Chen’s Canvas: Vibrant Kansas City


Jason Chen, JagWire reporter/illustrator

Last week was a break from Chen’s Canvas because most of us were off eating turkey and celebrating Thanksgiving — I for one know I was. During the break, I not only indulged myself in good eats, but I also finished a painting for my AP Studio Art class. Today, we’ll be examining the project that I completed over break — Vibrant Kansas City.

The task assigned to us in class was to complete an architectural painting of some sort using a specific color scheme. I kind of left out that color scheme part and sort of went crazy on the colors, but it ended up alright. The architectural inspiration for my piece is, of course, the Kansas City, Missouri, skyline with the Bartle Hall pylons as the main emphasis of the image.

Kansas City has been the focus in many of my pieces of artwork. The reason behind that is the recent surge in city pride, which inspired me to incorporate elements of Kansas City into my artwork. The skyline of the city is also quite unique — with the Bartle Hall pylon standing tall.

So, I decided to use the skyline of Kansas City as my reference for my painting once again, though this time it’s an acrylic painting and not watercolor and pen. The painting was completed mostly during the day of Thanksgiving, and took around six or so hours to finish. I’m not the most experienced painter, so I tried my hardest with acrylic, mixing colors in order to create different values and shadows.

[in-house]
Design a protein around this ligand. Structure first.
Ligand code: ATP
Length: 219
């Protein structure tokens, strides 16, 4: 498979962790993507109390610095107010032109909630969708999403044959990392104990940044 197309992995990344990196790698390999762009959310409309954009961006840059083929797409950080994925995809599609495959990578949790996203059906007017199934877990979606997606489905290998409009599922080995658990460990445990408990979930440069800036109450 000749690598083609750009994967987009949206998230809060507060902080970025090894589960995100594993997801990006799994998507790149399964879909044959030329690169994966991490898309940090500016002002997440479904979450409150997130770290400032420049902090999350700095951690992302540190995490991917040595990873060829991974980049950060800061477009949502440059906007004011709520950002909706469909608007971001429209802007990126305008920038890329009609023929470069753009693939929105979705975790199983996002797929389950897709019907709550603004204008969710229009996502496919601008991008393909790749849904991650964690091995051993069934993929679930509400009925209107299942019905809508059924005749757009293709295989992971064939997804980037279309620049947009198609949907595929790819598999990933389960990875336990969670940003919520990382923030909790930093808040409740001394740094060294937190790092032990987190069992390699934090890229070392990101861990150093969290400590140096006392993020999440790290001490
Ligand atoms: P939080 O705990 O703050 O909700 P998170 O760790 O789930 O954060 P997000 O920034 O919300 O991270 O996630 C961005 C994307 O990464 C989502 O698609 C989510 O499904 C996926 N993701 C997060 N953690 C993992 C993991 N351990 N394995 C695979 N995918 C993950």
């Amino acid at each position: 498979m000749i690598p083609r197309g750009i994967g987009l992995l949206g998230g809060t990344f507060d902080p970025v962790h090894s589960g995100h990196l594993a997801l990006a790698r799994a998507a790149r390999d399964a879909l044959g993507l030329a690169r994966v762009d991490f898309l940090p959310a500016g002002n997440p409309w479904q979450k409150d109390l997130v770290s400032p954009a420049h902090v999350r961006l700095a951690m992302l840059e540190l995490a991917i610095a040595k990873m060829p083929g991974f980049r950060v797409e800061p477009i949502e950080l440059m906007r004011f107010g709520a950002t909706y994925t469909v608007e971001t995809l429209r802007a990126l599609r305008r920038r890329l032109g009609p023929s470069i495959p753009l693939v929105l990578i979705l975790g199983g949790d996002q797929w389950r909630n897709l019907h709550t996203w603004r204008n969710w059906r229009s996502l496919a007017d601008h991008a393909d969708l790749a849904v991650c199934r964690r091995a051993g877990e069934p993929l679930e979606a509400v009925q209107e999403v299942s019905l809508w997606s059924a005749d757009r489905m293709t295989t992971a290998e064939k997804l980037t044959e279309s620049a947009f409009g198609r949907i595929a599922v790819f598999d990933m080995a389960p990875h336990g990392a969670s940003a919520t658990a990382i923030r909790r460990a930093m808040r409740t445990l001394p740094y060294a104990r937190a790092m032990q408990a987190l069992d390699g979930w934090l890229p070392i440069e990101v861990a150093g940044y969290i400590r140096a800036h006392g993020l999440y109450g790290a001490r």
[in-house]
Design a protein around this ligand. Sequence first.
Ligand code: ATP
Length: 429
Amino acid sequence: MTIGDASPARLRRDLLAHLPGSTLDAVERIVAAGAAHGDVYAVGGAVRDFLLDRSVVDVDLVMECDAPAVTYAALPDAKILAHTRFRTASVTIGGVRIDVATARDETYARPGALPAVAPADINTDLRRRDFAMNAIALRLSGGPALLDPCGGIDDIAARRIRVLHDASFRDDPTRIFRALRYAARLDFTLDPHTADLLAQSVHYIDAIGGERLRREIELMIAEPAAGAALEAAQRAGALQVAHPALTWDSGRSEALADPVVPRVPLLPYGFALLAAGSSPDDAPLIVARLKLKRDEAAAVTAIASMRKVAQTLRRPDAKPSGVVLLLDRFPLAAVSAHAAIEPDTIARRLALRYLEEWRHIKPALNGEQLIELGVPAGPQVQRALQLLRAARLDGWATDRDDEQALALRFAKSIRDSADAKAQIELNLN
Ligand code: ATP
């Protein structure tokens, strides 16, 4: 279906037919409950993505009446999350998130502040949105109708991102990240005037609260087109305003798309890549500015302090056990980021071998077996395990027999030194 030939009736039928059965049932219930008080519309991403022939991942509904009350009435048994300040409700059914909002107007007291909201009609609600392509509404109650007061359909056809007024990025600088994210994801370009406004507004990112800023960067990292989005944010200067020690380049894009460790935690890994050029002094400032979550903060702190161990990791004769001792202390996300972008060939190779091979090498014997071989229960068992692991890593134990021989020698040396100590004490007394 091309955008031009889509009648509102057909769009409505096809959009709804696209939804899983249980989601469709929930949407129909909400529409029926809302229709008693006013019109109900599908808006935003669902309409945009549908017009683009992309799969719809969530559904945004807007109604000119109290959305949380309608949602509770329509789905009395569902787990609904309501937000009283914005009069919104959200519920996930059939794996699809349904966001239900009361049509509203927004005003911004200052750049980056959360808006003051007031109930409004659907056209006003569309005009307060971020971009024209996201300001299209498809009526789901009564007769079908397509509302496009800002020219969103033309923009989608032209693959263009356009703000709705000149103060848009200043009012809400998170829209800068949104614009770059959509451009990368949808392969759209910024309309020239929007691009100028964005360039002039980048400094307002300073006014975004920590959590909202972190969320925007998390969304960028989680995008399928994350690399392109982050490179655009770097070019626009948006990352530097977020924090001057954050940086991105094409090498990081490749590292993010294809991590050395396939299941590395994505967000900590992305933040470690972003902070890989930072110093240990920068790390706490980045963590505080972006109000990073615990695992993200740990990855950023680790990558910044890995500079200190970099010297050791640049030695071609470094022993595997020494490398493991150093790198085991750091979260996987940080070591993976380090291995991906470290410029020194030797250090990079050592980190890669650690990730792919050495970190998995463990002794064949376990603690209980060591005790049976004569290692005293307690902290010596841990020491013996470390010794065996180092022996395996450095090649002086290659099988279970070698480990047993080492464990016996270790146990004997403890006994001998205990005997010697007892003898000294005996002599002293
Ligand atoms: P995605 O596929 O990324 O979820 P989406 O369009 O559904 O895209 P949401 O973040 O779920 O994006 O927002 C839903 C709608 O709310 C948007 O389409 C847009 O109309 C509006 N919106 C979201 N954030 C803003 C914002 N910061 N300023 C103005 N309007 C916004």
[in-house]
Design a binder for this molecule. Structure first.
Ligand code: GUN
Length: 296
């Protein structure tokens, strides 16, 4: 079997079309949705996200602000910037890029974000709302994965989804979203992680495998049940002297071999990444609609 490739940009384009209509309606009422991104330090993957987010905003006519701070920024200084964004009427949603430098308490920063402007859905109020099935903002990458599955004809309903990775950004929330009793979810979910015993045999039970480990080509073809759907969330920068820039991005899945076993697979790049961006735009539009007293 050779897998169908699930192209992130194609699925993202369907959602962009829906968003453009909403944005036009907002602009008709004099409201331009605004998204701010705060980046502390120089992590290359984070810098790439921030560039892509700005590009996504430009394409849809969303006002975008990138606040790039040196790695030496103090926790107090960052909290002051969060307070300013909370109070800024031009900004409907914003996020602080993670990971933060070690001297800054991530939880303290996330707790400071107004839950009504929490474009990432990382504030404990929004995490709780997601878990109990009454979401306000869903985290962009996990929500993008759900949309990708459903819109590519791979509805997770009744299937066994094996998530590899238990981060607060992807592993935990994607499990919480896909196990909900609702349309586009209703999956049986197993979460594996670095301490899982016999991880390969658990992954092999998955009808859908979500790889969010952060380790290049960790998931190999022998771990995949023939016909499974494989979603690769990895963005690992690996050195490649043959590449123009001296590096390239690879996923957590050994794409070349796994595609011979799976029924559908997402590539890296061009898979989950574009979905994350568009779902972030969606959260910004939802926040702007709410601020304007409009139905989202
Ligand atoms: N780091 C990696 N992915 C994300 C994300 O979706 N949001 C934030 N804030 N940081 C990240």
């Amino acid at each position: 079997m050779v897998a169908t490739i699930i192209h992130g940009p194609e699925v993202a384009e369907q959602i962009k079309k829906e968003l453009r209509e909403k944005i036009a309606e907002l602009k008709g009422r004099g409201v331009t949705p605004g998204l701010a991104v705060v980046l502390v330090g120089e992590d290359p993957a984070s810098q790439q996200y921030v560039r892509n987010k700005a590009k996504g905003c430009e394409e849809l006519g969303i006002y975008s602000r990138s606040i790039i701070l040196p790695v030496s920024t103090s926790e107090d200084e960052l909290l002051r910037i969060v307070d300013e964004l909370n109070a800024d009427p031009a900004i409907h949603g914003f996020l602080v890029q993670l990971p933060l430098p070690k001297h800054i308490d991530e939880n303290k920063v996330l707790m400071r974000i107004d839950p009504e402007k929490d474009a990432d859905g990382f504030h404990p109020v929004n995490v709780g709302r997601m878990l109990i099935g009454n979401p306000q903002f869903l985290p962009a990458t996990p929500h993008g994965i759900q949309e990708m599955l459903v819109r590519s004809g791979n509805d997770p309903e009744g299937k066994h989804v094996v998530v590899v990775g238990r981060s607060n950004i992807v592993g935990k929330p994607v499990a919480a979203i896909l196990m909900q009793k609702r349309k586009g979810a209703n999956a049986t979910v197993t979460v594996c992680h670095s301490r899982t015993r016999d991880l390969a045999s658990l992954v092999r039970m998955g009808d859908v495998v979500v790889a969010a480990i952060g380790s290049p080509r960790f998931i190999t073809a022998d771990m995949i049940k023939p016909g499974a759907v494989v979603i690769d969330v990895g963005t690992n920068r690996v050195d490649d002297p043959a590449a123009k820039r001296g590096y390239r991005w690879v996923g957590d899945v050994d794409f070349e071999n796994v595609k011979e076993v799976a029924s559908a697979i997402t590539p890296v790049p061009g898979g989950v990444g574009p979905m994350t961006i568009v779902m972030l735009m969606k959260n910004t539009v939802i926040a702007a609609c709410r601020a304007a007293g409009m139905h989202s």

The painting ended up very well done in my opinion. With the vibrant colored skyline and the emphasis on Bartle Hall due to the bright red set against the yellow, the piece gave a distinct taste and a feeling similar to that of jazz. Jazz, which embodies Kansas City, is an element that I attempted to incorporate into this piece as well, with the use of bright colors and simple shapes and lines.

The painting also includes the use of pen to detail some of the buildings instead of purely relying on acrylic. The incorporation of pen was to convey the message that the city is not done developing; it’s still discovering a renaissance in art and life.

The vibrant Kansas City, Missouri skyline completed using acrylic paint and pen.
The vibrant Kansas City, Missouri, skyline completed using acrylic paint and pen.

The city is ever growing and so is my collection of artwork. Like always, I’ll be examining another piece of art next week.

Junior Jason Chen is quite the artist and his art reflects on a wide range of styles and topics through mediums that include watercolor, pen and ink, pencils and frequently a touch of acrylic. In AP Studio Art, his classmates regularly comment on having him “sacrificed to the art gods.”

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